Philosophy and Philm

Waiting for sunet @ Badwater

Transitioning from digital to large format film was a paradigm shift in my photography.  This format provides a very zen-like shooting experience that is difficult to put into words. It has sparked many discussions with friends, and a lot of thinking on my part.

Although the sheer image detail of large format is impressive, it will not magically transform a mediocre subject into a brilliant photograph. A spectacular sunrise shot on large format will also be spectacular when shot on a digital SLR. A boring subject shot on a digital SLR will be equally boring when shot on large format. The camera itself has no super powers. It is just a camera — a tool.

Imagine going to Home Depot, and being told that the DeWalt would give a more zen-like drilling experience. Although this might sound absurd, it is not far from the truth.

A master woodworker’s tools are a more appropriate analogy. The hands-on approach to planing a piece of wood must also be a zen-like experience. The tool and the operator seamlessly become one.

In this sense, we cannot differentiate between digital and large format film. Each format provides a hands-on approach — both literally and emotionally. There must be something else.

After much thought, I attribute the large format experience to three simple, all encompassing principles of human nature.

  1. The less you have of something, the more you respect it.
  2. The harder you work for something, the more you respect it.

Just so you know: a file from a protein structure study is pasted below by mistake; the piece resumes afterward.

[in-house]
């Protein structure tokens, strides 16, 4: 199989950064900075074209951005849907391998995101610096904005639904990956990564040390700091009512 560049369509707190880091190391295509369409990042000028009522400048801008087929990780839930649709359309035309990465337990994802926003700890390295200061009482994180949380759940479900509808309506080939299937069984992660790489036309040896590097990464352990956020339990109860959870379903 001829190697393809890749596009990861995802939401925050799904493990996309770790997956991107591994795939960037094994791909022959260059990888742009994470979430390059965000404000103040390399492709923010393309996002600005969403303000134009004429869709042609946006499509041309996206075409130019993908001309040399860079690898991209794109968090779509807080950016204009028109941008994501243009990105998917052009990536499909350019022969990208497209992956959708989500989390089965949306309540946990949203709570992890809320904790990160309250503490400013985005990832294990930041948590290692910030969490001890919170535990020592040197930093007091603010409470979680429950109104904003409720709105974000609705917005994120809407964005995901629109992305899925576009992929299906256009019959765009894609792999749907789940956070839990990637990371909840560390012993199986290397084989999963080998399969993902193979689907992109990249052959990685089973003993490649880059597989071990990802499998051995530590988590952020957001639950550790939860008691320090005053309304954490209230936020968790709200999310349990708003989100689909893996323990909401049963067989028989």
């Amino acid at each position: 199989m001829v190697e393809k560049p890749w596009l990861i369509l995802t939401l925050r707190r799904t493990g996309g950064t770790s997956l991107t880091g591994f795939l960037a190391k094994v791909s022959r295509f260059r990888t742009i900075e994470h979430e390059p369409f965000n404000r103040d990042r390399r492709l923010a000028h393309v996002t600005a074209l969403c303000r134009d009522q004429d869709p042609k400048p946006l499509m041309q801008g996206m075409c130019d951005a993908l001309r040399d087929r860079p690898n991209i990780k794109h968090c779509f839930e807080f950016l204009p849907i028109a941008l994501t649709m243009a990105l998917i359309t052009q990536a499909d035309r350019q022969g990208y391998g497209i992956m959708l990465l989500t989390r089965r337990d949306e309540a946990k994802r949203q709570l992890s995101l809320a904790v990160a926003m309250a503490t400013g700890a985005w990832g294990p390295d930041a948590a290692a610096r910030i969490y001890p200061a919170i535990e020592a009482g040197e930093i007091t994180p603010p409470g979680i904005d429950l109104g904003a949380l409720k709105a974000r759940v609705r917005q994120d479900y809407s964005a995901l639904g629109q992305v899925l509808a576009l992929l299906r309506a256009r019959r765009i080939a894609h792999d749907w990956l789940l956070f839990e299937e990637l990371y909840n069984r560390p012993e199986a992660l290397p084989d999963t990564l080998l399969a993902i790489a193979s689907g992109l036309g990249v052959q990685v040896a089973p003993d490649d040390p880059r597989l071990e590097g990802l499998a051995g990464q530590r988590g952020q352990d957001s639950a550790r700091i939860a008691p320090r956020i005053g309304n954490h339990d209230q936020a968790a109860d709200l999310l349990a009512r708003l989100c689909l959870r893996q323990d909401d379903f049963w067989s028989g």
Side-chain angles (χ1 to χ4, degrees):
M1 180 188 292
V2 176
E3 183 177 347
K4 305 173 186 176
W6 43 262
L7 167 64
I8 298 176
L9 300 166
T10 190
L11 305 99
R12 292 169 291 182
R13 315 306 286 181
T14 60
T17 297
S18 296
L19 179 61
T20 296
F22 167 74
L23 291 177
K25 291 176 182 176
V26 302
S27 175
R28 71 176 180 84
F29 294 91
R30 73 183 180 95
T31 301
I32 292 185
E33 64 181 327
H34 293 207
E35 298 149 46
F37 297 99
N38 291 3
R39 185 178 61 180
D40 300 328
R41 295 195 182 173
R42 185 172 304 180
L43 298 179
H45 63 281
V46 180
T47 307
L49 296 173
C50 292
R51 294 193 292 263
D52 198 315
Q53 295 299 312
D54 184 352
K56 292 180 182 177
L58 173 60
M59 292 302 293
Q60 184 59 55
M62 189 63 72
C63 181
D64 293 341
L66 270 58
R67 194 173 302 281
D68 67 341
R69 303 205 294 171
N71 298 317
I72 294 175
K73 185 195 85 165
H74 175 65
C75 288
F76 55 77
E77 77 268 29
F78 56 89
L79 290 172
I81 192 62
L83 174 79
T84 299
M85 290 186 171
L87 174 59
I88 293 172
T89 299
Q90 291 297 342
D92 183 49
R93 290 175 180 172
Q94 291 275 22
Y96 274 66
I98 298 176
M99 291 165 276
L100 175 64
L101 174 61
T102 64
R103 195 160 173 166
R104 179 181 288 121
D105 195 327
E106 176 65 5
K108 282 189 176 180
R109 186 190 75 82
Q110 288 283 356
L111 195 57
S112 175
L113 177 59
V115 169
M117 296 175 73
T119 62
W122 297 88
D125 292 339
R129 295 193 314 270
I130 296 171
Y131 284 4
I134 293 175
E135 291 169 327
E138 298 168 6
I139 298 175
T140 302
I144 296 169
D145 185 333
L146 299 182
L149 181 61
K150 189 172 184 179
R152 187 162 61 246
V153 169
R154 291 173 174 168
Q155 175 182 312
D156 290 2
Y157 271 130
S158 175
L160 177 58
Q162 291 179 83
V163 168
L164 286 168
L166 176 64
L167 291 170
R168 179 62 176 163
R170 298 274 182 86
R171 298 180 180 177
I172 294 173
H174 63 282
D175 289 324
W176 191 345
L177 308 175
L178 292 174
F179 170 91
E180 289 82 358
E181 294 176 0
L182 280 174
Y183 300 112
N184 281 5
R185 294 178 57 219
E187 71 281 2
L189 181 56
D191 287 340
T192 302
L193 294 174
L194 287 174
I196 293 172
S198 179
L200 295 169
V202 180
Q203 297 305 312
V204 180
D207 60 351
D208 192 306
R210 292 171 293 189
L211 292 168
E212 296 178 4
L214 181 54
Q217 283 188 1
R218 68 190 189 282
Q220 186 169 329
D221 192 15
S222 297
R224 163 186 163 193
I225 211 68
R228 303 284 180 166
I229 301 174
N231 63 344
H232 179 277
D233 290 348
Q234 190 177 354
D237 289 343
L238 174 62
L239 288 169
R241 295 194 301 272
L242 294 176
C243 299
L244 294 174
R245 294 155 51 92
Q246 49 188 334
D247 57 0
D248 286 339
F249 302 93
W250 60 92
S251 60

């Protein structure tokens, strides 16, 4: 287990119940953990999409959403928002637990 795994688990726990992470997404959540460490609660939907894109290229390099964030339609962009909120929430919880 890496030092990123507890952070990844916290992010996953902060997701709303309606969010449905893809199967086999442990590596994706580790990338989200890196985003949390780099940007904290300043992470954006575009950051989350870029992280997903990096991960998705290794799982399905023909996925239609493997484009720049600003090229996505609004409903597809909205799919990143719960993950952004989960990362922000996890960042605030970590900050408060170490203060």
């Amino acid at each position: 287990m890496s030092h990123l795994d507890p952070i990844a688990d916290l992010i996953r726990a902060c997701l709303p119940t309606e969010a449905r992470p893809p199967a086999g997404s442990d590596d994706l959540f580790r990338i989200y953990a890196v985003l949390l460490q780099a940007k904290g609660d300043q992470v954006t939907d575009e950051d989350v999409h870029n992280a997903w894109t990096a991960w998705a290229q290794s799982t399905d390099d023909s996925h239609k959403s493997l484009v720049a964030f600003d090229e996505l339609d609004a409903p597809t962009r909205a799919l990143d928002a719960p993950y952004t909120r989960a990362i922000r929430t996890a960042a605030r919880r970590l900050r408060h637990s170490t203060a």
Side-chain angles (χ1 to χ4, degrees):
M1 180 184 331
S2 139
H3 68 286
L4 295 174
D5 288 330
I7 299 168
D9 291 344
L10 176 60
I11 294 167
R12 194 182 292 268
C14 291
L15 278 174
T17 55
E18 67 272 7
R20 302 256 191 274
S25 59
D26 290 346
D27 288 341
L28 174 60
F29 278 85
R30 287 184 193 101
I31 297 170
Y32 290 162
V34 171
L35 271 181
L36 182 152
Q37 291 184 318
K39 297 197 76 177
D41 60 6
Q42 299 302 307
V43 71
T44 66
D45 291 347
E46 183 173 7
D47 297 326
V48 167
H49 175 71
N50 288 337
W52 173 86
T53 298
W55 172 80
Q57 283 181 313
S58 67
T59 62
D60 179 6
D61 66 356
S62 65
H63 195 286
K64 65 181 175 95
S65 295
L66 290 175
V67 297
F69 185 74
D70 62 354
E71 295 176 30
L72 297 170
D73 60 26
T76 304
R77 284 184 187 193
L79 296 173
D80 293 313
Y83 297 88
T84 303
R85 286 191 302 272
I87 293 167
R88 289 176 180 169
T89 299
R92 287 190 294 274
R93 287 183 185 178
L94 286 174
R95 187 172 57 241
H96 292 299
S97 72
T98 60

3. Lists with three items are much better than those with two.

These principles are instrumental for my love of large format photography. I shoot far less photos, but I have more respect for each photo I take.

Perhaps I should have just stuck to my 1Ds3 and a single 128MB memory card?  🙂

5 Responses to “Philosophy and Philm”

  1. bob francella Says:

    Get with it big guy, you will have to do it sooner or later so jump in it now, you are good and will take pictures just as good as before. Only you will know the difference. Its the eye, the camera is just the tool to take the picture and you have one hell of an eye.
    Ciao Ciao

  2. Bob Duff Says:

    4. You’ll be fitter by schlepping large format gear. 🙂

    • Ben Horne Says:

      That is sure true!

      That leads to the topic of a future blog post — the catastrophic failure of my Gregory backpack just days before my next shooting trip. That one has yet to be resolved though.

  3. Leo Says:

    I’ve been building a large format kit for about 16 months now, and yesterday I was finally able to go out and take some photos and test for light leaks and get a workflow going.

    My camera is a Cambo Legend 4X5, which is heavy (13.5lbs without lens), but I got a great deal on it, so I can live with the weight.

    Anyways, even though I was just “testing”, I still found that I was far more intentional with my composition. I was looking for light, shadows, shape, colour and perspective. I was thinking about my exposure and I was thinking how the negative was going to look when printed.

    It was a big eye opener for me, and I loved it…granted, my back didn’t love it as much (and walking in the equatorial sun and heat wasn’t much fun either), but I have to say, I am glad I did it! My next purchase – a sombrero! 😀

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